Student, 47, a Stroke Survivor with Plans to Pay it Forward
Antigua Johnson, 47, a determined mom and UHD undergraduate, has a special motive for educating and encouraging others during National Stroke Awareness Month - she overcame her own debilitating stroke at age 40, and is on a mission to support others with the same diagnosis.
At the time of her stroke, Johnson had served three years in the Navy Reserves and was an avid runner and kickboxer. In addition to having no family history of stroke, she did not smoke or drink and had low cholesterol and blood pressure levels. A life-changing stroke was furthest from her mind.
When her stroke symptoms first presented, she thought she might have the flu. She then developed an excruciating headache with slurred speech, and her boyfriend noticed that the left side of her face was drooping. He asked her to lift her left arm and leg, and Johnson realized the left side of her body was paralyzed. When they arrived at the hospital, Johnson learned that she had experienced a massive stroke.
"Stroke can happen to anyone and, contrary to what many people think, young people are not immune," said Johnson. "Throughout my own journey in relearning to walk, brush my teeth and live independently, I found my true calling - starting a non-profit that will support other stroke survivors from the time they enter the hospital until they've healed enough to pay their own success forward."
Johnson already has decided on a name for the organization, an acronym for STROKE, called "Success Together Raising Our Kind Everyday." She aims to incorporate essential stroke recovery elements of homecare, transportation and encouragement in her non-profit and looks forward to possibly attending law school to help further her dream.
Following her stroke, Johnson spent four months in a hospital in Ohio with extensive daily physical, occupational and speech therapy, including re-teaching herself to notice text on the left side of the page while reading. She and her two sons, aged 15 and 22 at the time, moved in with her mother for six months until she could live independently. Shortly thereafter, the family moved to Houston and Johnson decided to return to school to complete her bachelor's degree in business management.
UHD's compact campus and downtown location appealed to Johnson and she enrolled in spring 2009. "My professors have been so accommodating and there are always students helping me zip my backpack or prepare for a test.
"It takes me a little longer to grasp class material, but that's OK," said Johnson. "I'm the first to ask my professors questions after class and I spend so much time in the math lab, people think I work there!" A fellow student also serves as Johnson's scribe for one or more classes a semester to help her capture all the material.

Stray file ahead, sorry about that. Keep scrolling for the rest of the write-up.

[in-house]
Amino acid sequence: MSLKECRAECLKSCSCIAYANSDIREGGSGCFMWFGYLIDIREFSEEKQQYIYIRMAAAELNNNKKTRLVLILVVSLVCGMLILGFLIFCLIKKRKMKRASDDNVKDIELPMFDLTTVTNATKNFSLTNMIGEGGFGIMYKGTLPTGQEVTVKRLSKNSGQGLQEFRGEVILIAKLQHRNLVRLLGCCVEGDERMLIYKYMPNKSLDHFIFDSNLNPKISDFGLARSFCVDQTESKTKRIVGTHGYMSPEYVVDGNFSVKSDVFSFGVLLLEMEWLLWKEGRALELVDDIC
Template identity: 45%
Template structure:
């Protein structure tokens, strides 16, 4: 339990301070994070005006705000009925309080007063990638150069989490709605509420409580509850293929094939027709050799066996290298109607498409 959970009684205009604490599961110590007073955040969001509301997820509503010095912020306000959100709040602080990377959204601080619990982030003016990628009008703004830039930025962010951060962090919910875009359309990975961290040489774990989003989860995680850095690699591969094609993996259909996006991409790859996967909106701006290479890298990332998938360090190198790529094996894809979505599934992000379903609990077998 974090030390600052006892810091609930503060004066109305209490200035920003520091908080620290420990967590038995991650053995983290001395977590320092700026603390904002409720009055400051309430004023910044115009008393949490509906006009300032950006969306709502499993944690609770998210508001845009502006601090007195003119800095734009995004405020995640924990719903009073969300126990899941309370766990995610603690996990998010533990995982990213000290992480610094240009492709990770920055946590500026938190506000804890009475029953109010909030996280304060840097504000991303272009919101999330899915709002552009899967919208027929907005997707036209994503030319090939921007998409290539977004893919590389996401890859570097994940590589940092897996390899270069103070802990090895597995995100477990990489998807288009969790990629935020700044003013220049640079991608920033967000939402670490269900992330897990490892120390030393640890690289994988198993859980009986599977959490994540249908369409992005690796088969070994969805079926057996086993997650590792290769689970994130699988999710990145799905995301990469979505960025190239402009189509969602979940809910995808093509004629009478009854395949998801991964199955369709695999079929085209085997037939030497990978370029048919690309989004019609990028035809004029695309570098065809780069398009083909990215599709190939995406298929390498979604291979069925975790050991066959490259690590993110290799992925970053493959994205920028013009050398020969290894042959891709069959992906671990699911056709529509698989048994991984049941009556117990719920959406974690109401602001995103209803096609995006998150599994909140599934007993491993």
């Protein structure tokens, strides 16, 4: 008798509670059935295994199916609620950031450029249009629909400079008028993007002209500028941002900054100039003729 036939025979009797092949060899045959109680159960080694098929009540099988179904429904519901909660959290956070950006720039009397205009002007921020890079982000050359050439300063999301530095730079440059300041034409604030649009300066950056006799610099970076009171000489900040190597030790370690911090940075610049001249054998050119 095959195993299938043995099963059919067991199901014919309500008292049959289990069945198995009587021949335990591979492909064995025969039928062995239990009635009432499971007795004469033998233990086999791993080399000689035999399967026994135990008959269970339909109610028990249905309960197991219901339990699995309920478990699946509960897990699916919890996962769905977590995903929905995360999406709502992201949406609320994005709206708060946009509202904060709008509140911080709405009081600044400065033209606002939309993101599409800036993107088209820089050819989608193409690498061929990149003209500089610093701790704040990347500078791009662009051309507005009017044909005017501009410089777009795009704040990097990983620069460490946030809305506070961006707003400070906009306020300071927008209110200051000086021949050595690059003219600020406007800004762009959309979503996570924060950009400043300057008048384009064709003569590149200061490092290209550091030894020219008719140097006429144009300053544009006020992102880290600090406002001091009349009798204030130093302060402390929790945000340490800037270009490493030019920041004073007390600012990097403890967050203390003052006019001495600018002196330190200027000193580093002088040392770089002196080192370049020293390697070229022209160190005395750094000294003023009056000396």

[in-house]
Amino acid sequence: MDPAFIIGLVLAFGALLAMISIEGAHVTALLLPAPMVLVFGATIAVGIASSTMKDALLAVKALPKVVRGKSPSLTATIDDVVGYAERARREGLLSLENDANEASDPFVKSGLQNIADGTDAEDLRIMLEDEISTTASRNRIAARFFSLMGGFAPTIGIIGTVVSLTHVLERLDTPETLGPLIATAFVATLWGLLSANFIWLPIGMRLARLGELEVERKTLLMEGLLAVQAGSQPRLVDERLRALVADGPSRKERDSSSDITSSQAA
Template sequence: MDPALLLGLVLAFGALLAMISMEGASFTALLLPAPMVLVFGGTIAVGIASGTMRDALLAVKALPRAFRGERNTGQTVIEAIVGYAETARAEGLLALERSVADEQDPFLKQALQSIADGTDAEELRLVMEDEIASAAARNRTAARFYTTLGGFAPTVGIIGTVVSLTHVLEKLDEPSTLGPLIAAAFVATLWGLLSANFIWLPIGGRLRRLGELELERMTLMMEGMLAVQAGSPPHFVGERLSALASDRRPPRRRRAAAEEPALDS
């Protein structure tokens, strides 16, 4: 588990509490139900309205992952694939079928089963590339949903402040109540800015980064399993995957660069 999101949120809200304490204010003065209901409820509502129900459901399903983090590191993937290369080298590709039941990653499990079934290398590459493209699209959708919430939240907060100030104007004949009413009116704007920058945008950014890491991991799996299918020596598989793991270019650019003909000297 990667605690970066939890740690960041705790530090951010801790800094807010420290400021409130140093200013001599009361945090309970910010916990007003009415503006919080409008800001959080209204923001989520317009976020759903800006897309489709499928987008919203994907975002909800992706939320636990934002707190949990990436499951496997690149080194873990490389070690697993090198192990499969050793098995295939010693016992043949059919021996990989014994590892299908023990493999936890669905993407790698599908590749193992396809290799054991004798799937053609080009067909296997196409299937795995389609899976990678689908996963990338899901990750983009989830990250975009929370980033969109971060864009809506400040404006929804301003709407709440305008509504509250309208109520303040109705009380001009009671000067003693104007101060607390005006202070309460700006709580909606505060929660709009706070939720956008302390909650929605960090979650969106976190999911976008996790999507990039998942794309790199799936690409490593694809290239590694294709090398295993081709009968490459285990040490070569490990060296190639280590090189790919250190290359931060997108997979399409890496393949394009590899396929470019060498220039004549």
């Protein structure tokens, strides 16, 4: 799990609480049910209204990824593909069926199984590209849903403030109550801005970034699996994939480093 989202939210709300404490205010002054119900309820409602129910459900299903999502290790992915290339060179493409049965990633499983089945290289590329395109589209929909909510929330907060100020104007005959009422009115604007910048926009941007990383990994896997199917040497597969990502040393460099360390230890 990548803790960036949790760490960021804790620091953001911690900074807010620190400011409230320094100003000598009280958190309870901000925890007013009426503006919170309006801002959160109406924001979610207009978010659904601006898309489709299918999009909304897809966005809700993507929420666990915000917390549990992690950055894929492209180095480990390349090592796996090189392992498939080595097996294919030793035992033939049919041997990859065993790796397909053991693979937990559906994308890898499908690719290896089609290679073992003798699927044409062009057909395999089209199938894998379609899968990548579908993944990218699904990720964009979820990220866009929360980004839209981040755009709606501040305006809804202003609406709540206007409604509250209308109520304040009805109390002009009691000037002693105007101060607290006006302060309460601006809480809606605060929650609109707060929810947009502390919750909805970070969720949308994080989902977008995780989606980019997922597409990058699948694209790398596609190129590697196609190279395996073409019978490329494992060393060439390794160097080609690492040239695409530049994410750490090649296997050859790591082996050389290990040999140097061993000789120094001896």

Remnants of Johnson's stroke still remain, as she wears a brace on her left leg to keep from hyperextending her knee, a brace on her left hand to straighten her fingers, and a surgically implanted medicine pump to reduce spasticity. But her optimistic attitude and ready smile more than overshadow her slight limp as she travels from class to class.
"Antigua is one of the most hardworking, determined students I've ever taught," said Susan Beane, lecturer in UHD's Department of Mathematics and Statistics. "She has spent hours with me - working one-on-one - to ensure that she masters the material. And when she couldn't make my 7 a.m. class because of travel complications getting to campus, she was always diligent in making up the class as quickly as possible. She is always willing to do whatever it takes to become successful and is a true inspiration for her fellow classmates."
Johnson makes appointments each day with METRO Lift to take her to and from campus, trips that can often take several hours, depending on the number of fellow passengers. While this process can be arduous, it also proved to be life-changing for Johnson late one evening following class. When her METRO Lift driver, Olander Ellis Jr., picked her up from campus, they struck up a conversation that developed into a friendship. And six months later, the two married at City Hall. "That night, I not only found a ride, but my husband, too!" said Johnson.
"I believe that God has set me up to mentor and enlighten stroke survivors who come after me," she said. "Now that I've overcome these obstacles, I feel it's my mission to help others stay determined and find their own independence following stroke, just like I've been able to do."
UHD undergraduate Antigua Johnson (right) participates in a Buffalo Bayou clean-up project near campus.